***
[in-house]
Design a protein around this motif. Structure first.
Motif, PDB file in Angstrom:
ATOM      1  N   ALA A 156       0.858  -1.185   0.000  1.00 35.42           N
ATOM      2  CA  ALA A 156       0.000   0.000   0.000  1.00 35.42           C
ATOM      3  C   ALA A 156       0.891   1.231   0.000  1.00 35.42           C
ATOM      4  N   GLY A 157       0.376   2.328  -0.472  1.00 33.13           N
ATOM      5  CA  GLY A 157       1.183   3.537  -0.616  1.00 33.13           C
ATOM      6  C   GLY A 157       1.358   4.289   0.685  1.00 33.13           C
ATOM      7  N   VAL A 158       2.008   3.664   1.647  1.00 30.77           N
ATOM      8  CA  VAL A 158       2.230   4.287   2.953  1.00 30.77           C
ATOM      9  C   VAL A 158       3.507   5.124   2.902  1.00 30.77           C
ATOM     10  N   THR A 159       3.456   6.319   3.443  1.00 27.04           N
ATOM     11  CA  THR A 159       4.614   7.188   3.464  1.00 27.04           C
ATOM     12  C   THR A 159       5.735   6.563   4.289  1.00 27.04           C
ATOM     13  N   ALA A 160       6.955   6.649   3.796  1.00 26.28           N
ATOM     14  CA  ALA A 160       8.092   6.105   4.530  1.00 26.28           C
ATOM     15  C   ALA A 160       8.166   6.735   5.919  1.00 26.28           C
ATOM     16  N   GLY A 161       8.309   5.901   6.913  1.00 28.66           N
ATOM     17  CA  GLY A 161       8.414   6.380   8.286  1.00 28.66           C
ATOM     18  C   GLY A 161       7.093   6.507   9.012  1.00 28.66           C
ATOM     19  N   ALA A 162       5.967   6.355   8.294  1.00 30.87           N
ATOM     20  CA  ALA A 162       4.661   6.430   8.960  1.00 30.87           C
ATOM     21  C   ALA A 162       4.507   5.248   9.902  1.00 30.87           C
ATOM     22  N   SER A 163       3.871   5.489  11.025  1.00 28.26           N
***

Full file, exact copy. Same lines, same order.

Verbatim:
[in-house]
Design a protein around this motif. Structure first.
Motif, PDB file in Angstrom:
ATOM      1  N   ALA A 156       0.858  -1.185   0.000  1.00 35.42           N
ATOM      2  CA  ALA A 156       0.000   0.000   0.000  1.00 35.42           C
ATOM      3  C   ALA A 156       0.891   1.231   0.000  1.00 35.42           C
ATOM      4  N   GLY A 157       0.376   2.328  -0.472  1.00 33.13           N
ATOM      5  CA  GLY A 157       1.183   3.537  -0.616  1.00 33.13           C
ATOM      6  C   GLY A 157       1.358   4.289   0.685  1.00 33.13           C
ATOM      7  N   VAL A 158       2.008   3.664   1.647  1.00 30.77           N
ATOM      8  CA  VAL A 158       2.230   4.287   2.953  1.00 30.77           C
ATOM      9  C   VAL A 158       3.507   5.124   2.902  1.00 30.77           C
ATOM     10  N   THR A 159       3.456   6.319   3.443  1.00 27.04           N
ATOM     11  CA  THR A 159       4.614   7.188   3.464  1.00 27.04           C
ATOM     12  C   THR A 159       5.735   6.563   4.289  1.00 27.04           C
ATOM     13  N   ALA A 160       6.955   6.649   3.796  1.00 26.28           N
ATOM     14  CA  ALA A 160       8.092   6.105   4.530  1.00 26.28           C
ATOM     15  C   ALA A 160       8.166   6.735   5.919  1.00 26.28           C
ATOM     16  N   GLY A 161       8.309   5.901   6.913  1.00 28.66           N
ATOM     17  CA  GLY A 161       8.414   6.380   8.286  1.00 28.66           C
ATOM     18  C   GLY A 161       7.093   6.507   9.012  1.00 28.66           C
ATOM     19  N   ALA A 162       5.967   6.355   8.294  1.00 30.87           N
ATOM     20  CA  ALA A 162       4.661   6.430   8.960  1.00 30.87           C
ATOM     21  C   ALA A 162       4.507   5.248   9.902  1.00 30.87           C
ATOM     22  N   SER A 163       3.871   5.489  11.025  1.00 28.26           N